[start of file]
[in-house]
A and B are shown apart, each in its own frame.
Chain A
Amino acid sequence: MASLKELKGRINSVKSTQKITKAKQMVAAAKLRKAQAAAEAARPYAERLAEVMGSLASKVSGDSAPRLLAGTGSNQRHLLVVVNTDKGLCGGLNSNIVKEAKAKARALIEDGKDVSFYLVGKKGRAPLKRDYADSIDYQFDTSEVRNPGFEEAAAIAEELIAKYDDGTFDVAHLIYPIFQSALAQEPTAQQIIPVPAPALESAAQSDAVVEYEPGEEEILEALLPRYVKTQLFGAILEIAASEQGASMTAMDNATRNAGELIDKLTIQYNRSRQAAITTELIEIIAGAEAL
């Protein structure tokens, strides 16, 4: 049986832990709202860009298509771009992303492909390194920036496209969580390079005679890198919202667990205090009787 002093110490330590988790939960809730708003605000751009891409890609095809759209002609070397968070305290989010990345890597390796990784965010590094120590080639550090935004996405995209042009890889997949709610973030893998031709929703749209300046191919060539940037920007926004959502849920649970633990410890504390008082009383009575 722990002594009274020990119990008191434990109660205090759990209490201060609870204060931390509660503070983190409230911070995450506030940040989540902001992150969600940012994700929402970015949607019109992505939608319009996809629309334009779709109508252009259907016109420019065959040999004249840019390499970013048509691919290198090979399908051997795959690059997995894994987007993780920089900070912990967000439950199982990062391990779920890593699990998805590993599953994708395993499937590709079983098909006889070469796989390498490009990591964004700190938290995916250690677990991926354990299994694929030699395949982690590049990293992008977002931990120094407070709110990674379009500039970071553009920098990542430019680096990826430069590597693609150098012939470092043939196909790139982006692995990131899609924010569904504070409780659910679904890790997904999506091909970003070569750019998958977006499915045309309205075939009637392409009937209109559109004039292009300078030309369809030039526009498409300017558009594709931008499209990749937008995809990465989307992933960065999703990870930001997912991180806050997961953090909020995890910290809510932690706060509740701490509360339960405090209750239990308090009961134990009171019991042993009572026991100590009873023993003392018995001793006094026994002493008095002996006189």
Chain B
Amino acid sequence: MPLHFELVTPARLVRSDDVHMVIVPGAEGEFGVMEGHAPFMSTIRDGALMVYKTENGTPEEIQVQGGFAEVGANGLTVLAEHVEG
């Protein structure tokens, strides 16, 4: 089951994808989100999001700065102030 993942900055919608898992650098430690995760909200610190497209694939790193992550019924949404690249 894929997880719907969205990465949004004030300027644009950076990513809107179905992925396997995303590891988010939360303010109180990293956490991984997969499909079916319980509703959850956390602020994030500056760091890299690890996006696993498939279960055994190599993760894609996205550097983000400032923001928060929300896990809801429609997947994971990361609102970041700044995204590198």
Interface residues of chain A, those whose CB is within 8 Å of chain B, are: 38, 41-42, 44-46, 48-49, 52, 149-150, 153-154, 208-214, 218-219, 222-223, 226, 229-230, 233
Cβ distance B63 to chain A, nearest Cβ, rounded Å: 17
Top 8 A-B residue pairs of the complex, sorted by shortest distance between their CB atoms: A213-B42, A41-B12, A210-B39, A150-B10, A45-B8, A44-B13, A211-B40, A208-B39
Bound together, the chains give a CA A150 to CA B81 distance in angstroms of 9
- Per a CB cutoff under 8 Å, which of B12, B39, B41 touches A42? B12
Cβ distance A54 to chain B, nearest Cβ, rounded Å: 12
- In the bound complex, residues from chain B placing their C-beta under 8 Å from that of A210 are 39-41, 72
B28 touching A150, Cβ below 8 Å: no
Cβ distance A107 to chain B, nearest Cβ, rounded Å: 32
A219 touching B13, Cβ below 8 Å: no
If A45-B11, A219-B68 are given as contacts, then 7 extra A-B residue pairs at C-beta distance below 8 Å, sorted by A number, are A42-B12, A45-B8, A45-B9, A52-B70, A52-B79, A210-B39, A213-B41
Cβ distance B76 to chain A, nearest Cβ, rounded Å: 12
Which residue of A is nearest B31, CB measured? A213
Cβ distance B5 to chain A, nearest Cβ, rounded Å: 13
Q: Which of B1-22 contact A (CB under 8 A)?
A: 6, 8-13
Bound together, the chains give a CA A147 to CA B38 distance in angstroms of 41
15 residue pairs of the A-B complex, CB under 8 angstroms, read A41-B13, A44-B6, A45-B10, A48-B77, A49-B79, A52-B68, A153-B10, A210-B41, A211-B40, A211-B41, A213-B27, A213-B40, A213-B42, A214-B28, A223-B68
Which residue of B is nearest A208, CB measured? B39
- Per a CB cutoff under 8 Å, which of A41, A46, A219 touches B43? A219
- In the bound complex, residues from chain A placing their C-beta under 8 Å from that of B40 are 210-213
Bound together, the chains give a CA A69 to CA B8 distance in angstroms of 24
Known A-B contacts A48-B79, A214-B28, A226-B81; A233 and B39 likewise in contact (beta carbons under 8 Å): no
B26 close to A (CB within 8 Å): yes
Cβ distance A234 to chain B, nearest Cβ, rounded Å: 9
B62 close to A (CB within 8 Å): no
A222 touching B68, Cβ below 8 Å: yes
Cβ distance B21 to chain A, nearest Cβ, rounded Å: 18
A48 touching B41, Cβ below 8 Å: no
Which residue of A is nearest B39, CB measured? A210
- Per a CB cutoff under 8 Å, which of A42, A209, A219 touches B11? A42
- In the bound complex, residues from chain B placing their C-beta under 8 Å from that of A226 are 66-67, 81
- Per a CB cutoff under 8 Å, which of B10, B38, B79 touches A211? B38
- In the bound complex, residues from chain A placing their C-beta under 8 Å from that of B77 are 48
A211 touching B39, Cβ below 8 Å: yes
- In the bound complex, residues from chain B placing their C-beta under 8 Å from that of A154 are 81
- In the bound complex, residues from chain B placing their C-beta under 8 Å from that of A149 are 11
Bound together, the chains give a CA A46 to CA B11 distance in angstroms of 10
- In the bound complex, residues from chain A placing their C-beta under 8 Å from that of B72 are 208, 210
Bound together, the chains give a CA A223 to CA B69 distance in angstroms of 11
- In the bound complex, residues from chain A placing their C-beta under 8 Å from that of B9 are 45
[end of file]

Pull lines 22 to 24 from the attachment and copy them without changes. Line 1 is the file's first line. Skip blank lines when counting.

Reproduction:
Cβ distance B5 to chain A, nearest Cβ, rounded Å: 13
Q: Which of B1-22 contact A (CB under 8 A)?
A: 6, 8-13